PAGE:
We have been on good but not close terms since our days together at Spook, when I had known him fairly well. We were not intimates then because I was in Classics, heading towards Theology (Spook likes its parsons to have some general edu­cation before they push towards ordination), and we met only in student societies. Since then we were friendly when we met, but we did not take pains to meet. This visit, I supposed, must be about the Cornish business. Hollier was no man to make a social call.

So it proved to be. After accepting a drink and fussing un­easily for perhaps five minutes on the general theme of our work, he came out with it.

There’s something that has been worrying me, but because it lies in your part of the executors’ work I haven’t liked to mention it. Have you found any catalogue of Cornish’s books and manuscripts?

He made two or three beginnings, and a few notes. He had no idea what cataloguing means.

Then you wouldn’t know if anything were missing?

I’d know if it related to his musical manuscripts, because he showed them to me often, and I have a good idea of what he possessed. Otherwise, not.

There’s one I know he had, because he acquired it last April, and I saw it one night at his place. He had bought a group of MSS for their calligraphy; they were contemporary copies of letters to and from the Papal Chancery of Paulin. You know he was interested in calligraphy in a learnedly amateurish way, and it was the writing rather than the content that had attracted him; it was a bundle from somebody’s collection, and the prize piece was a letter from Jacob ben Samuel Martino and it made a passing reference to Henry VIII’s divorce, on which you know Martino was one of the experts. There were corrections in Martino’s own hand. Otherwise the content was of no interest; just a pretty piece of writing. Good for a footnote, no more. McVarish was there, and he and Cornish gloated over that, and as they did I looked at some of the other stuff, and there was a leather portfolio — not a big one, about ten inches by seven, I suppose — with S.G. stamped on it in gold that had faded almost to nothing. Have you come across that?

No, but the Martino letter is present and correct. Very fine. And a group that goes with it, which presumably is what you saw.

Where do you suppose S.G. has got to?

I don’t know. I have never heard of it till this minute. What was it?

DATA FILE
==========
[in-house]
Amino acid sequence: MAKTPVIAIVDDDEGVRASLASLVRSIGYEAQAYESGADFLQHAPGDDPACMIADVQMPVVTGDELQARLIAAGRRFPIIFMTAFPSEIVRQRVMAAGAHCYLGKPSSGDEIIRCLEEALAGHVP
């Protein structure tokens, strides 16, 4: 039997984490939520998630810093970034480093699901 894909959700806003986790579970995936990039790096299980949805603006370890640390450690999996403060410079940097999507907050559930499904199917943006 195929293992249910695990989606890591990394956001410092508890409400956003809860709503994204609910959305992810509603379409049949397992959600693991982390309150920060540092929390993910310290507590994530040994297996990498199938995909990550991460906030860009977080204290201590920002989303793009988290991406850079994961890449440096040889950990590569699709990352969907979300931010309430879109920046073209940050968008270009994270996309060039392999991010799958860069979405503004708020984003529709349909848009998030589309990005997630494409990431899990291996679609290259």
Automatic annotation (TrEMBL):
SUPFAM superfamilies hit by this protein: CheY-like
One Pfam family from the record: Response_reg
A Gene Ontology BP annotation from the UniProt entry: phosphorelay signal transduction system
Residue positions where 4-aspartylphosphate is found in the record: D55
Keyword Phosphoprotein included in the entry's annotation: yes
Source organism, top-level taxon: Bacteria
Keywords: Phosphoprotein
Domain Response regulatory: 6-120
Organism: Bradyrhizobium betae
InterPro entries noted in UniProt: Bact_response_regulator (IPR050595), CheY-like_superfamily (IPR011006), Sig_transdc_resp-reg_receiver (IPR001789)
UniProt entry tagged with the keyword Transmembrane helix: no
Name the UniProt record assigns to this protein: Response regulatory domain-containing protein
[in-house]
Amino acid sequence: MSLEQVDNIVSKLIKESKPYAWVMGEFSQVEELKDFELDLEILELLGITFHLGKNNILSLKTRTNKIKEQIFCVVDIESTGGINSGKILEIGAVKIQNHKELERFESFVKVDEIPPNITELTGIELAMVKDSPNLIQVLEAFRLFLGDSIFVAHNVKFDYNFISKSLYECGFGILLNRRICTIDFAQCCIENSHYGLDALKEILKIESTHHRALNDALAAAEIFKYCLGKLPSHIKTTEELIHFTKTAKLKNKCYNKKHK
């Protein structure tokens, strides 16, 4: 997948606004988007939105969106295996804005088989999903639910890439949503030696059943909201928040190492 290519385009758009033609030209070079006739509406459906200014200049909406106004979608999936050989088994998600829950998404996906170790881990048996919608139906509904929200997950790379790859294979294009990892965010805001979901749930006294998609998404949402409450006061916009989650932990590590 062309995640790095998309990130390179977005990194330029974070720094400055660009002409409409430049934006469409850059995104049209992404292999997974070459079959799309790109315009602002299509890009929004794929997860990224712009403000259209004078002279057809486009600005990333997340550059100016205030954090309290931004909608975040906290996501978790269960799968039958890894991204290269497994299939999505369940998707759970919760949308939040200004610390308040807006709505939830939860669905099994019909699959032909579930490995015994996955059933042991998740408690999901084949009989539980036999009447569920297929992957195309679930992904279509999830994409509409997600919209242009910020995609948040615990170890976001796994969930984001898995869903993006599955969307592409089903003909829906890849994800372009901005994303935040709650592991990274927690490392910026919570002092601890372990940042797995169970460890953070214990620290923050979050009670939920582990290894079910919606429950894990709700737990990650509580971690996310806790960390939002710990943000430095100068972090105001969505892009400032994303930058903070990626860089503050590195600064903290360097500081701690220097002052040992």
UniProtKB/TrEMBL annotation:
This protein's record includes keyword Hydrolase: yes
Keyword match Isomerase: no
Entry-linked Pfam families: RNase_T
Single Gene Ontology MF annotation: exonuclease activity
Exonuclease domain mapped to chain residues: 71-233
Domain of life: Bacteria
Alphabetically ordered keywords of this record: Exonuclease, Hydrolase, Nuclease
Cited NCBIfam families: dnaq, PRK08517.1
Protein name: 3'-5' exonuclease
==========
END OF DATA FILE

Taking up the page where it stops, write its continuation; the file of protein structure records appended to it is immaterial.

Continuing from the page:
I’m not sure that I can tell you.

Well, my dear man, if you can’t tell me, how can I look for it? He may have put it in one of the other divisions — if those old cartons from the liquor store in which he stored his MSS can be called divisions. There is a very rough plan to be discerned in the muddle, but unless I know what this particular MS was about I wouldn’t have any idea where to look. Why are you interested?

I was trying to find out what it really was when McVarish came along and wanted to see it, and I couldn’t very well say no — not in another man’s house, about something that wasn’t mine — and I never got back to it. But certainly McVarish saw it, and I saw his eyes popping.

Had your eyes been popping?

I suppose so.

Come on, Clem, cut the scholarly reticence and tell me what it was.

I suppose there’s nothing else for it. It was one of the great, really great, lost manuscripts. I’m sure you know what some of those are.

They are very common in my field. In the nineteenth century some letters appeared from Pontius Pilate, describing the Cruci­fixion; they were in French on contemporary notepaper and a credulous rich peasant paid quite a lot for them; it was when the same crook tried to sell him Christ’s last letter to his Mother, written in purple ink, that the buyer began to smell a rat.

I wish you wouldn’t be facetious.

Perfectly true, I assure you. I know the kind of thing you mean: Henry Hudson’s lost diary; James Macpherson’s Journal about the composition of Ossian — that kind of thing. And stuff does turn up. Look at the big haul of Boswell papers, found in a trunk in an attic in Ireland. Was this something of that order?